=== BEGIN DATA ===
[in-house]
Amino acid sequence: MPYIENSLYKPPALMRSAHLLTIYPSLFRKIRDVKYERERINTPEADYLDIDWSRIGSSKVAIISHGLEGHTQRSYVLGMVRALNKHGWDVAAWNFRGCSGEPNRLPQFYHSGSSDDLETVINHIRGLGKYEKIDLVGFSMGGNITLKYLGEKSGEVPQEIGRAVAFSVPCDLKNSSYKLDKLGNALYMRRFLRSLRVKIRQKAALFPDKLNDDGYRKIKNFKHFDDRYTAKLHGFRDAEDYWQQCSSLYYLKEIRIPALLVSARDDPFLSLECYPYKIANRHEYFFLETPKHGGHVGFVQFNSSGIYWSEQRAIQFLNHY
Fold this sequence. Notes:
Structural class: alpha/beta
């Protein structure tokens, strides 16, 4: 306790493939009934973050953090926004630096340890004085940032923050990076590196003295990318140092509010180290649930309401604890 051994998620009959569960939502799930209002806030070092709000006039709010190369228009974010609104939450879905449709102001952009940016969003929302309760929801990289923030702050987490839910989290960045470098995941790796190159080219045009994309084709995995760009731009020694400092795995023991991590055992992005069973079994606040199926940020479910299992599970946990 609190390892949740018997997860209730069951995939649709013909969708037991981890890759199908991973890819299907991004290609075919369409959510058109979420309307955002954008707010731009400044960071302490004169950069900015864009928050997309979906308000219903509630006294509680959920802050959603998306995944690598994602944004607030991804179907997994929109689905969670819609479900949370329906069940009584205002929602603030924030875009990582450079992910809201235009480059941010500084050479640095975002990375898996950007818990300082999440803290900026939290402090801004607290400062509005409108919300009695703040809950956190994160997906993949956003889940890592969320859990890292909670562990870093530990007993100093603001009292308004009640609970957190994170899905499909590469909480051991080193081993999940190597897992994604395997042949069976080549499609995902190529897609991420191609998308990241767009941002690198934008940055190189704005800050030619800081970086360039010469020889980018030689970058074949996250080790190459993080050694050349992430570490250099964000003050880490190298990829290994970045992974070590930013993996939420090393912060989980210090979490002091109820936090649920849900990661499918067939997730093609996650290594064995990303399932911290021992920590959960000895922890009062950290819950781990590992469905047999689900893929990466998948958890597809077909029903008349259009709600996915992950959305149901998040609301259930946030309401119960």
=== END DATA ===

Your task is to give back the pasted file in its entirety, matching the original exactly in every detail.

[in-house]
Amino acid sequence: MPYIENSLYKPPALMRSAHLLTIYPSLFRKIRDVKYERERINTPEADYLDIDWSRIGSSKVAIISHGLEGHTQRSYVLGMVRALNKHGWDVAAWNFRGCSGEPNRLPQFYHSGSSDDLETVINHIRGLGKYEKIDLVGFSMGGNITLKYLGEKSGEVPQEIGRAVAFSVPCDLKNSSYKLDKLGNALYMRRFLRSLRVKIRQKAALFPDKLNDDGYRKIKNFKHFDDRYTAKLHGFRDAEDYWQQCSSLYYLKEIRIPALLVSARDDPFLSLECYPYKIANRHEYFFLETPKHGGHVGFVQFNSSGIYWSEQRAIQFLNHY
Fold this sequence. Notes:
Structural class: alpha/beta
């Protein structure tokens, strides 16, 4: 306790493939009934973050953090926004630096340890004085940032923050990076590196003295990318140092509010180290649930309401604890 051994998620009959569960939502799930209002806030070092709000006039709010190369228009974010609104939450879905449709102001952009940016969003929302309760929801990289923030702050987490839910989290960045470098995941790796190159080219045009994309084709995995760009731009020694400092795995023991991590055992992005069973079994606040199926940020479910299992599970946990 609190390892949740018997997860209730069951995939649709013909969708037991981890890759199908991973890819299907991004290609075919369409959510058109979420309307955002954008707010731009400044960071302490004169950069900015864009928050997309979906308000219903509630006294509680959920802050959603998306995944690598994602944004607030991804179907997994929109689905969670819609479900949370329906069940009584205002929602603030924030875009990582450079992910809201235009480059941010500084050479640095975002990375898996950007818990300082999440803290900026939290402090801004607290400062509005409108919300009695703040809950956190994160997906993949956003889940890592969320859990890292909670562990870093530990007993100093603001009292308004009640609970957190994170899905499909590469909480051991080193081993999940190597897992994604395997042949069976080549499609995902190529897609991420191609998308990241767009941002690198934008940055190189704005800050030619800081970086360039010469020889980018030689970058074949996250080790190459993080050694050349992430570490250099964000003050880490190298990829290994970045992974070590930013993996939420090393912060989980210090979490002091109820936090649920849900990661499918067939997730093609996650290594064995990303399932911290021992920590959960000895922890009062950290819950781990590992469905047999689900893929990466998948958890597809077909029903008349259009709600996915992950959305149901998040609301259930946030309401119960």